Father Donald Senior, CP

June 2: Ascension of the Lord

Wednesday, May 22, 2019

Eyes of the heart

Acts 1:1-11; Ps 47:2-3, 6-7, 8-9; Ps 47:2-3, 6-7, 8-9; Eph 1:17-23; Lk 24:46-53

The Letter to the Ephesians uses an intriguing mixed metaphor in today’s reading: “May the eyes of your hearts be enlightened, that you may know the hope that belongs to his call, what are the riches of glory in his inheritance among the holy ones, and what is the surpassing greatness of his power for us who believe.”

What are the “eyes of the heart”? Ordinary eyes see ordinary things like objects we can grasp, examine and touch. Perhaps there are some things for which we need a different set of “eyes” — things intangible, things only imagined or hoped for?

The author of Ephesians cites some of these intangibles: the hope about our ultimate future we hold as Christians; the unimaginable beauty and richness of God’s love for us; the “surpassing greatness of God’s power;” the inheritance of unending and ecstatic life that is supposed to be our inheritance.

The feast of the Ascension distills all of our hope as Christians and puts it on the destiny of Jesus. The actual description of the Ascension is found only at the end of Luke’s Gospel and is repeated at the beginning of the Acts of the Apostles. Both passages are included in the readings for this Ascension Sunday.

After spending 40 days with his disciples in Jerusalem, the Risen Christ takes them out to Bethany, the village on the Eastern slope of the Mount of Olives (where Jesus had enjoyed the hospitality of Lazarus, Mary and Martha). Here he disappears from their sight and the amazed disciples are told by an angel to go back to Jerusalem and await the coming of the Spirit — the event of Pentecost that is fast approaching.

In Luke’s perspective, the ascension of Jesus represents his final destiny with God, his loving Father. Having poured out his life in healing, teaching and bringing justice and joy to the poor, Jesus suffered death because of his fearless mission for others. Now God rescued him from death and would bring him to himself in glory.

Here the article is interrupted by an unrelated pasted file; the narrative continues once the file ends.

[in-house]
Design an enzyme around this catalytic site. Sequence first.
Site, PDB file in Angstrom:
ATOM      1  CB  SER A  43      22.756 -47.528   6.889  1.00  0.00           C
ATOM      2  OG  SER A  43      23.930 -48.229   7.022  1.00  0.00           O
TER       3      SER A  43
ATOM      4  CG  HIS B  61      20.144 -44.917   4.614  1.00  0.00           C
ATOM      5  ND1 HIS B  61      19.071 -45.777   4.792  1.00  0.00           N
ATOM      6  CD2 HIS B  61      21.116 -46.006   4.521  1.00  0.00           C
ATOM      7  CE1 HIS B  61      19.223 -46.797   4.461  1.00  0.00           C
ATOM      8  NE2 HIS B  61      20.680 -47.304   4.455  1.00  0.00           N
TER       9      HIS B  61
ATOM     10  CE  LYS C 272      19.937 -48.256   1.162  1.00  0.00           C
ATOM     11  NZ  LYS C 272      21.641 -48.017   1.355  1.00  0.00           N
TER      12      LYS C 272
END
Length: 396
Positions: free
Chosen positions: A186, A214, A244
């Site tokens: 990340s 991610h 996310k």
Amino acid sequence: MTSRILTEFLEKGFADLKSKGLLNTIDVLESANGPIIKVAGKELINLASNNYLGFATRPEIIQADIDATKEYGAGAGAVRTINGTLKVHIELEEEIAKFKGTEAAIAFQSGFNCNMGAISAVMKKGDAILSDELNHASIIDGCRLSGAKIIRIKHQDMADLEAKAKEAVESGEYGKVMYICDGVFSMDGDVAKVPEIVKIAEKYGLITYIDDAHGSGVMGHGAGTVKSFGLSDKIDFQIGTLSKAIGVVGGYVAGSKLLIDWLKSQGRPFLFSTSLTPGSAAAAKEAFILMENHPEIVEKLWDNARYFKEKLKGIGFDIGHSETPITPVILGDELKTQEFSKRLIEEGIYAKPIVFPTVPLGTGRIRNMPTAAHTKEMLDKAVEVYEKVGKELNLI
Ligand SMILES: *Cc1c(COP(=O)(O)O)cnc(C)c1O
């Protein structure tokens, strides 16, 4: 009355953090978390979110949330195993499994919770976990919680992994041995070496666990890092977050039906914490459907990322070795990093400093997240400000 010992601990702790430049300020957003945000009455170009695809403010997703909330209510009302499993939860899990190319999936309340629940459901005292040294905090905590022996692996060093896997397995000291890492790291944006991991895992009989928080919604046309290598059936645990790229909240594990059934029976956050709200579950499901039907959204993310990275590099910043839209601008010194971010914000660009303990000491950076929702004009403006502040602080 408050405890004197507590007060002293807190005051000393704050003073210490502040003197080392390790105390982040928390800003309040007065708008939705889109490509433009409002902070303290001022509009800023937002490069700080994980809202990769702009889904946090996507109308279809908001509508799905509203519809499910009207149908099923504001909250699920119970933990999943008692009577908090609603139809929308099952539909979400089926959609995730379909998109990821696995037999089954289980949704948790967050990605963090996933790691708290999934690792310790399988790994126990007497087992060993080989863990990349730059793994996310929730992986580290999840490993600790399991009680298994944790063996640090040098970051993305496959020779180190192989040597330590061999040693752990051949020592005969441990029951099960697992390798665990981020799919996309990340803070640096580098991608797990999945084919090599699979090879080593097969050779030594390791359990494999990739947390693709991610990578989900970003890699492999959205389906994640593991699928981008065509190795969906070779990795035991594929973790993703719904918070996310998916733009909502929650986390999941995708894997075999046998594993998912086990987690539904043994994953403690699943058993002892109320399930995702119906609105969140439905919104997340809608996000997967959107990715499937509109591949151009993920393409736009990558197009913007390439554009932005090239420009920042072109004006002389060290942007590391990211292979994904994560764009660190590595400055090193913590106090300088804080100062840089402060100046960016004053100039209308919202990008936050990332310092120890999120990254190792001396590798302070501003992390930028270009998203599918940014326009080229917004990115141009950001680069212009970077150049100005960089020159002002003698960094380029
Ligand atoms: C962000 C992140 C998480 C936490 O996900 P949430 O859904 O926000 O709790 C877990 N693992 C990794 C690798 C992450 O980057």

Jesus’ life had come full circle. Sent by God into the world, he was now returning to God filled with life. While the other Gospels do not explicitly describe the ascension, each of them firmly believes that God raised Jesus from the dead and brought him back to loving communion with him. Jesus, the refrain goes, is exalted at God’s right hand.

There is a somewhat astounding principle of our Christian tradition that says what happens to Jesus will happen to us. At times this can include experiencing rejection and opposition as we try to live a Christ-like life. But it also means passing through death to new and unimaginable life with God and those we love. 

This is the ultimate meaning of the feast of the Ascension. We, too, will be rescued from death and will be immersed in the eternal love of God.

There are some things about our Christian faith that are not so hard to grasp. We know from all kinds of human wisdom that it is better to give than to receive, that it is better to love and serve others rather than become their enemies. We know we should be kind and generous to those who are vulnerable and in need.

But there are other things not so easy to believe or to hope for. I think ascension is one of them. Is there really life beyond death or is this a figment of our imagination? Is our inheritance with God a life of unending love and joy or are we kidding ourselves? Is our Christian faith credible in today’s world or is this something that really smart people smile at indulgently?

The things we hope for and that generations of Christians before us have believed — and have even given their lives for — are realities only glimpsed with the “eyes of the heart.” On this feast of the Ascension we pray with the man in the Gospel who exclaimed: “Lord, I believe. Help my unbelief.”


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